Many of them said they’d read this column and wanted to hear me preach.
That’s appreciated, and anyone is welcome any time at Christian Fellowship.
Most of the visitors were already members of a church, but a few were in search of a church home.
A handful, though, were members of a church but seemed to be searching for “the perfect church” — one where everyone gets along all the time, where there are never any problems, where the pastor is funny and fatherly, where the hospitality crew cooks like Paula Deen, where the youth department has tons of activities for the children, where the members are active in the community and support all the pastor’s initiatives, and where you always leave satisfied.
First of all, that church doesn’t exist. But even if it did, it wouldn’t be perfect, because none of those things are what makes a church the institution that Christ calls his Bride.
Churches don’t miss perfection because they fall short of the above description. Churches miss perfection because they’re filled with imperfect men and women.
Your pastor might be a great guy, but he’s not perfect.
There’s no perfect church, but there are some good ones — based on principles, not programs.
• A good church must believe and teach that the Bible is the inerrant, inspired word of God. (2 Timothy 3:16)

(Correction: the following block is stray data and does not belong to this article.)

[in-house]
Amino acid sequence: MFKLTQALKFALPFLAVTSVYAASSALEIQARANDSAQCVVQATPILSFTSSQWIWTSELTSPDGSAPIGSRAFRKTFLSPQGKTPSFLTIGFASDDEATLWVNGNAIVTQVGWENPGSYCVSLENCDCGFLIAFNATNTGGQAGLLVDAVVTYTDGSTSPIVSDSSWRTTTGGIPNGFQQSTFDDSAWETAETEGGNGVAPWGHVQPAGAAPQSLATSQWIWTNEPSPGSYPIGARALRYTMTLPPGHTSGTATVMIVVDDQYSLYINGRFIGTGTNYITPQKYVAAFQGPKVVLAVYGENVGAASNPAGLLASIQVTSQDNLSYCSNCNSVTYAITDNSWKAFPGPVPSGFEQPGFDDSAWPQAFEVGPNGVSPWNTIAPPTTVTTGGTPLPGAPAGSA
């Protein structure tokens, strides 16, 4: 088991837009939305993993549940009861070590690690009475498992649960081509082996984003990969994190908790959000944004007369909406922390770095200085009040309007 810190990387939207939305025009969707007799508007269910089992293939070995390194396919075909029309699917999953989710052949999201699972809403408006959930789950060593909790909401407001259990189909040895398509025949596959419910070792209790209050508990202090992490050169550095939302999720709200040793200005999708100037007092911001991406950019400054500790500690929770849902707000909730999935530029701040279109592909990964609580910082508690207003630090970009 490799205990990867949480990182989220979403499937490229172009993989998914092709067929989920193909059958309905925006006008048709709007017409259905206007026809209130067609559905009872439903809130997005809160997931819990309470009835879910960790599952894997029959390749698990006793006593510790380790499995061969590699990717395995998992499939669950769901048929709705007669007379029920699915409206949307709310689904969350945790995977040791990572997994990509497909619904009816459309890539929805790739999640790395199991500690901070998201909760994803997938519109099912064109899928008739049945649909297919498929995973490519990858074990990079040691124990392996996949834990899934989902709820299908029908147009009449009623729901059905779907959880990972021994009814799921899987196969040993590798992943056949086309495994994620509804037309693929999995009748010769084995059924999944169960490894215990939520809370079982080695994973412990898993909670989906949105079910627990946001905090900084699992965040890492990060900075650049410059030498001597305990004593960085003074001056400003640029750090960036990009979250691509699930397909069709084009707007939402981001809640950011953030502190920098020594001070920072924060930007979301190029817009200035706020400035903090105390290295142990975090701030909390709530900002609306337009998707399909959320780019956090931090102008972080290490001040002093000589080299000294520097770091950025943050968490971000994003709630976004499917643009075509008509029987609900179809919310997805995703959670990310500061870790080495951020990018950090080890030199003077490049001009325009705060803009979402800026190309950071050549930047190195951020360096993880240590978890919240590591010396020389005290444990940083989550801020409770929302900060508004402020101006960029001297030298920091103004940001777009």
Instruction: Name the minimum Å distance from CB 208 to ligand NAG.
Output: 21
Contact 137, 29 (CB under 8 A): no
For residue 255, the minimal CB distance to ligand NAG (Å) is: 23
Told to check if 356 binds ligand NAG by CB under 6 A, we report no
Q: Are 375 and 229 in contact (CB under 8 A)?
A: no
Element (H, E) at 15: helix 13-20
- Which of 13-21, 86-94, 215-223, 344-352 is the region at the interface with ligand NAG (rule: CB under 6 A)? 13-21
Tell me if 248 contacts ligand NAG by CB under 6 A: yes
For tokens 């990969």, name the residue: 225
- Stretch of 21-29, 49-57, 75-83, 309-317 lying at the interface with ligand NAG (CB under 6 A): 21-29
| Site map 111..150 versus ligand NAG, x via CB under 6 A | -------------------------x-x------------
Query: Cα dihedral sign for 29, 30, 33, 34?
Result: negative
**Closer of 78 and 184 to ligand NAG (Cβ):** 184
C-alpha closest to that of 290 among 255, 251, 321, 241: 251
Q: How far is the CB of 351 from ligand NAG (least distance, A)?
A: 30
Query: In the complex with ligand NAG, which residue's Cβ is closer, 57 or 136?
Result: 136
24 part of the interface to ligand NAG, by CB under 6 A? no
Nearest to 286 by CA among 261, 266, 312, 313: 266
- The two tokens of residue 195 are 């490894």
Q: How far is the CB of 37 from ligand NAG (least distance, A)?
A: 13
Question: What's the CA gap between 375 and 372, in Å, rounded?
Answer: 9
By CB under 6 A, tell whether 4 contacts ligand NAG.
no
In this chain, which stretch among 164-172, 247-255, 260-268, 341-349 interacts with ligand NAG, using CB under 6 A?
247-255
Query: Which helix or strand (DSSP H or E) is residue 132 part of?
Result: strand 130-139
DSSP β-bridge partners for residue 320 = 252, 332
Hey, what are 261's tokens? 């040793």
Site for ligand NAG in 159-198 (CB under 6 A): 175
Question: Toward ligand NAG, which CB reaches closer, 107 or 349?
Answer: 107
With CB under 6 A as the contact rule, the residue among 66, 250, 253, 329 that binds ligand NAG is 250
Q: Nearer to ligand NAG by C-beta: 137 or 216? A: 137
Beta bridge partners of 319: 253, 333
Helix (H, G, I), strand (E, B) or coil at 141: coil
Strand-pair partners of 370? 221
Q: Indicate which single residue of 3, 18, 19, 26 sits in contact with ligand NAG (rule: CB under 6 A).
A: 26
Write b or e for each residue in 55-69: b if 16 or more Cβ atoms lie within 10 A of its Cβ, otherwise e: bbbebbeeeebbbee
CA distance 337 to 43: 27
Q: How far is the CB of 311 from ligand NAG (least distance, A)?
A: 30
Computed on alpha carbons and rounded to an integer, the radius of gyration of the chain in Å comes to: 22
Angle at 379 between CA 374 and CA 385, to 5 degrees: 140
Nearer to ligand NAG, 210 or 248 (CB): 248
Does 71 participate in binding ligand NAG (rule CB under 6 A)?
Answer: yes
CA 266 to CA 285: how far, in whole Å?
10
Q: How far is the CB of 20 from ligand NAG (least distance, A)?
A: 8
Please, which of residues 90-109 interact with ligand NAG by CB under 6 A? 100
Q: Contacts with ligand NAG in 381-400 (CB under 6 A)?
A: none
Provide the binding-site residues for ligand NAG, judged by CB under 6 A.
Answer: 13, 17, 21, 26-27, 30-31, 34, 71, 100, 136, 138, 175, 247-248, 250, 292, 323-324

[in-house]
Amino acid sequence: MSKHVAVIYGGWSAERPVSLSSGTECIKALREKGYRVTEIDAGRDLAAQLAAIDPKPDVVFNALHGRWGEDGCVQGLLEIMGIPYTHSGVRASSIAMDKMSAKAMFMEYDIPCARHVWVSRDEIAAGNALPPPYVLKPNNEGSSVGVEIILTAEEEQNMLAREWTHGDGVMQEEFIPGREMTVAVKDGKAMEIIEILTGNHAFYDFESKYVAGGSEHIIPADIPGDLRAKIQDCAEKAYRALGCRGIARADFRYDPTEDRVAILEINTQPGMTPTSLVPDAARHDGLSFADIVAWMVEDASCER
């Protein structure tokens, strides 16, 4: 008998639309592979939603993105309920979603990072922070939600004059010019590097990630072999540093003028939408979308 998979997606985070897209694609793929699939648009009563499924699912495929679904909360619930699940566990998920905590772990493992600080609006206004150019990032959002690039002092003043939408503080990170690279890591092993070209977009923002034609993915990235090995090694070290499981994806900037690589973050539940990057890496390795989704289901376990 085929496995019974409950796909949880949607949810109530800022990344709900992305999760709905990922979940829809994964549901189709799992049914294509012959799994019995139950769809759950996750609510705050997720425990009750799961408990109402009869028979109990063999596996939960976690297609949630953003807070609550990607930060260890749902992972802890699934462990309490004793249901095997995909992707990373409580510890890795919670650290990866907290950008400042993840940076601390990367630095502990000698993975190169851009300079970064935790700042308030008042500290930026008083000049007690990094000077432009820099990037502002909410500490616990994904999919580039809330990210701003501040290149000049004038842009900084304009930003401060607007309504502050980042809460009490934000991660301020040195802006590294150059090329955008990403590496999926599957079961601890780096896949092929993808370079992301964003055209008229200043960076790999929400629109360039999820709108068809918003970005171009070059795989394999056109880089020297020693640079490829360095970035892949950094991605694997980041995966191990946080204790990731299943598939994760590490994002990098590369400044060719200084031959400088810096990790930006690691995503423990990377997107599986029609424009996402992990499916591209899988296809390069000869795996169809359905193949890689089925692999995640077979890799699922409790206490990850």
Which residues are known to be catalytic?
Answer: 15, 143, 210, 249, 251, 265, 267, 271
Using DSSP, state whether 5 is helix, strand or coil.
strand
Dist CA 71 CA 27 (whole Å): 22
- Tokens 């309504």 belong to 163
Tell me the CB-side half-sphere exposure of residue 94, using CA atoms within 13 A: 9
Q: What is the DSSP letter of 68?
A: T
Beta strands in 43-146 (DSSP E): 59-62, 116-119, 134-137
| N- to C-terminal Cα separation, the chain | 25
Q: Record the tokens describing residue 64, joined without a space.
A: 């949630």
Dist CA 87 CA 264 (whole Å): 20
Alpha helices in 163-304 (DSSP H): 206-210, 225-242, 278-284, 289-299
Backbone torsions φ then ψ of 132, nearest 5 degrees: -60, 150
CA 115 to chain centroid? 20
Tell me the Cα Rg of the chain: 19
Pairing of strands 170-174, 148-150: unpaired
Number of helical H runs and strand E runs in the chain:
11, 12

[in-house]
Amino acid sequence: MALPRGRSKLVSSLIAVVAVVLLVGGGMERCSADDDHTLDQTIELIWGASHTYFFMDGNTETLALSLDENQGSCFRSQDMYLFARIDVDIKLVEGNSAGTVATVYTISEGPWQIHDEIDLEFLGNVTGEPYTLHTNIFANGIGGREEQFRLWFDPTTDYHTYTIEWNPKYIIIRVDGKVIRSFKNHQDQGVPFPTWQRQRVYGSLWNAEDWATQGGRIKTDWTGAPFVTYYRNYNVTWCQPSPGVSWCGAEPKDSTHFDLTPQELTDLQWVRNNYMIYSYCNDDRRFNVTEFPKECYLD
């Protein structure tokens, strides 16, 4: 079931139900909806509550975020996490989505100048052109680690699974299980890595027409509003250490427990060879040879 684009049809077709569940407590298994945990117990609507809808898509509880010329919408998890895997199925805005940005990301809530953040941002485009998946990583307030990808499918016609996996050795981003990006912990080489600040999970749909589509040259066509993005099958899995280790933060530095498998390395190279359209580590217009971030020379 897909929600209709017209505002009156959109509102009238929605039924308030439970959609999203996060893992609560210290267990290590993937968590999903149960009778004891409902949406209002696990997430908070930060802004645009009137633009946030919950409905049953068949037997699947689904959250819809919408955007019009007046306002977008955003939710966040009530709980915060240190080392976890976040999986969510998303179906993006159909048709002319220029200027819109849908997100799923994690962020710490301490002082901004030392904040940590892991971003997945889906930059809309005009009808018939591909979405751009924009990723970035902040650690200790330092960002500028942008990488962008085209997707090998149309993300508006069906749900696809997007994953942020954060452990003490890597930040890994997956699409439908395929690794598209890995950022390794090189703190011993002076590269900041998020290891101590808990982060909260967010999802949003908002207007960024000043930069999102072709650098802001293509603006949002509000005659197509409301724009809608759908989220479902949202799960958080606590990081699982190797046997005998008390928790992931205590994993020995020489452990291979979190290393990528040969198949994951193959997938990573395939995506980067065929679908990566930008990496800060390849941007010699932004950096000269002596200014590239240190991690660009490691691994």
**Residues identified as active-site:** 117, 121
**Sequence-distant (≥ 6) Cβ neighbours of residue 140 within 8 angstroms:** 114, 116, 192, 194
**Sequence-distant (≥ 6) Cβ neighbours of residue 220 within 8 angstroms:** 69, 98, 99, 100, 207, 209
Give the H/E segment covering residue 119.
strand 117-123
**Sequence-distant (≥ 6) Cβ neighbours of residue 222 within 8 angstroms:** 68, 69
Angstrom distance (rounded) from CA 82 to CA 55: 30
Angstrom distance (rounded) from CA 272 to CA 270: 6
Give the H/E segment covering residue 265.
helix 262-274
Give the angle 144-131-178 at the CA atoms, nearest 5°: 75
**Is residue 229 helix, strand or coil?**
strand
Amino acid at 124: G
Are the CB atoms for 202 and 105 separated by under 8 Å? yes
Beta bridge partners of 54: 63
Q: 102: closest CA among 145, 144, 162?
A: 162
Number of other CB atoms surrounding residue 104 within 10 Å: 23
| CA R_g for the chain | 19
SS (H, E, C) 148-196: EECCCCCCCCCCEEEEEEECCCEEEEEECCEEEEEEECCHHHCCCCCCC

• A good church must believe and teach that God’s Holy Spirit caused Mary, a virgin, to conceive a child.
• A good church believes and teaches that Jesus is the Son of God and that he lived a sin-free life. (Hebrews 4:15)
• A good church believes and teaches that Jesus was falsely accused, falsely tried, falsely convicted and falsely crucified. (John 19:6)
• A good church believes and teaches that Jesus died on the cross for the sins of the world and was buried, but that he rose bodily three days later, and is alive today in heaven.
• A good church believes and teaches that a person can go to heaven only by way of personal faith in that same Jesus. (Acts 4:12)
But believing all those things only makes a church good, not perfect.
The first church described in the book of Acts believed all those things, but even it wasn’t perfect because it was made up of imperfect people who sometimes argued amongst themselves about church issues. The events described in Acts are instructive for us today, but our only model should be Christ, not the first church.
It’s instructive for us that the first church recognized the importance of gathering routinely in song, prayer and teaching; the importance of sharing the gospel; caring for the physical and spiritual needs of the less fortunate; working to earn a living; communing with one another; and selecting godly leaders to handle the business of the church.
Still, they weren’t perfect.
There’s only one perfect church, and every Christian is a member of it. But we won’t see perfection until we see our Savior.
Anthony Cook is managing editor at The Star and pastor at Christian Fellowship Bible Church. Reach him at email@example.com or 256-235-3558.